6 Things to watch in Rauner's State of the State speech
Gov. Bruce Rauner has a chance to fill in the details on his plans for fixing the state's many problems when he addresses the General Assembly on Wednesday.
Many see his first State of the State speech as the true start of a new legislative session that officially began in January. It has essentially been on hold as the Democratic-controlled Legislature waits for the new Republican governor to detail his policy priorities.
Rauner, a first-time elected official who became Illinois' first Republican governor in more than a decade, will have to work with the Democrats, who hold supermajorities in both legislative chambers.
It will play out as the state faces a multibillion-dollar budget hole. Some programs already are running out of money for this year or are very close to it.
Here are some things to watch as Rauner gets started:
Looking For Specifics
Rauner has been previewing -- some might say practicing -- his speech in stops across the state, where he's echoed the themes he repeated on the campaign trail: Illinois is broke and its government broken.
But so far, he's spoken only broadly about solutions. And some legislators, taxpayers and others have been growing impatient.
Rauner's team says the long-awaited specifics are coming Wednesday, and in a Feb. 18 speech in which he will lay out his budget blueprint.
If that's true, it will be the first concrete legislative proposals from an administration that has promised to "shake up" Springfield.
If it doesn't happen, expect some howling from critics who say it's past time to move from campaign mode to governing.
While Rauner's budget address isn't expected for another two weeks, the state's fiscal challenges will be a major topic Wednesday and the backdrop against which all policies will play out.
Look for the governor to continue criticizing how much money the state spends on employee payroll and benefits, pensions and Medicaid. He's also likely to hint at changes on the revenue side, such as his proposal to broaden the tax base by imposing a tax on some services.
First Lady Factor
Watch for signs of influence from first lady Diana Rauner, who leads the Ounce of Prevention Fund, an early childhood education not-for-profit group.
She told The Associated Press last month that one of her primary roles as first lady will be to advocate for vulnerable children and families, and to help her husband understand the struggles social service agencies and families are facing.
Will the governor, who's pledged to make Illinois both "competitive and compassionate," touch on any of those topics?
High on Rauner's agenda is making Illinois more business-friendly and creating jobs.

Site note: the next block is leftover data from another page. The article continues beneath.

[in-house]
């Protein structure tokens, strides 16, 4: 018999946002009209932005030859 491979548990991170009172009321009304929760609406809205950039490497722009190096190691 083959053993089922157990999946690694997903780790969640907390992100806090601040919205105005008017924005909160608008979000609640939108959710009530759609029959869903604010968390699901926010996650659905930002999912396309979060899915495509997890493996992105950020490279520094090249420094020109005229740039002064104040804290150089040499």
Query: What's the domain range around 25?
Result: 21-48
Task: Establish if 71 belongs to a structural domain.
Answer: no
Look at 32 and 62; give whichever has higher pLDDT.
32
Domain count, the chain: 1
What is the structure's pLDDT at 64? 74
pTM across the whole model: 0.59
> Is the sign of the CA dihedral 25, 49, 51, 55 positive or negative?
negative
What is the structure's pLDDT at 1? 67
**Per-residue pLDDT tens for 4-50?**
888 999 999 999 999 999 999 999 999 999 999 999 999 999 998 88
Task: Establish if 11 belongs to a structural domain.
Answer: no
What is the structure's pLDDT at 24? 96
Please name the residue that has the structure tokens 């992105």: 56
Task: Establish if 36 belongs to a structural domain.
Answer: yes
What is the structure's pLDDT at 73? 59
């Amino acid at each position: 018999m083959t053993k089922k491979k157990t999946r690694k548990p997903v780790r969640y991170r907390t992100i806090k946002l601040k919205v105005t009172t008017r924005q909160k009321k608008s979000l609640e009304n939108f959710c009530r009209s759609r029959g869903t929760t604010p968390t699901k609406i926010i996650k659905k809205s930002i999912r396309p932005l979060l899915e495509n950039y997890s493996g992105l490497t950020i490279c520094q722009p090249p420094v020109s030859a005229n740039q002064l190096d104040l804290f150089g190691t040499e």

He said during his inaugural speech last month that he'd ask the Legislature to work with him on a "comprehensive jobs and economic package that will get Illinois working again."
That's likely to include lowering the cost of workers' compensation and unemployment insurance, and addressing a legal climate Rauner says is a magnet for trial lawyers.
Rauner also has signaled he'll take on government "bureaucracy," whether in education or by eliminating or consolidating some of Illinois' roughly 7,000 units of government.
Rauner has amped up his criticism of government unions in recent weeks, saying workers are overpaid and their benefits too generous. On Monday, he indicated he wants to end unions' right to collectively bargain over wages and benefits. He also wants to ban them from negotiating with elected officials whose campaigns received union donations.
Some see it as a curious line of attack for Rauner, particularly this early. He risks angering legislators on both sides of the aisle who have good relationships with organized labor. Unions say he's vilifying workers, just as his administration has to begin negotiating a new contract with the state's largest union.
In the spirit of bipartisanship he so often touts, Rauner could throw out a few proposals he knows Democrats want.
Senate President John Cullerton, a Chicago Democrat, said in his inaugural speech that he wants to rethink which offenders serve time in prison, and what those sentences look like. That's one potentially cost-saving area that Rauner also has said he'd like to explore.
Rauner could also make good on offers to raise Illinois' minimum wage -- a key Democratic priority -- if legislators also pass some of the pro-business changes he's seeking.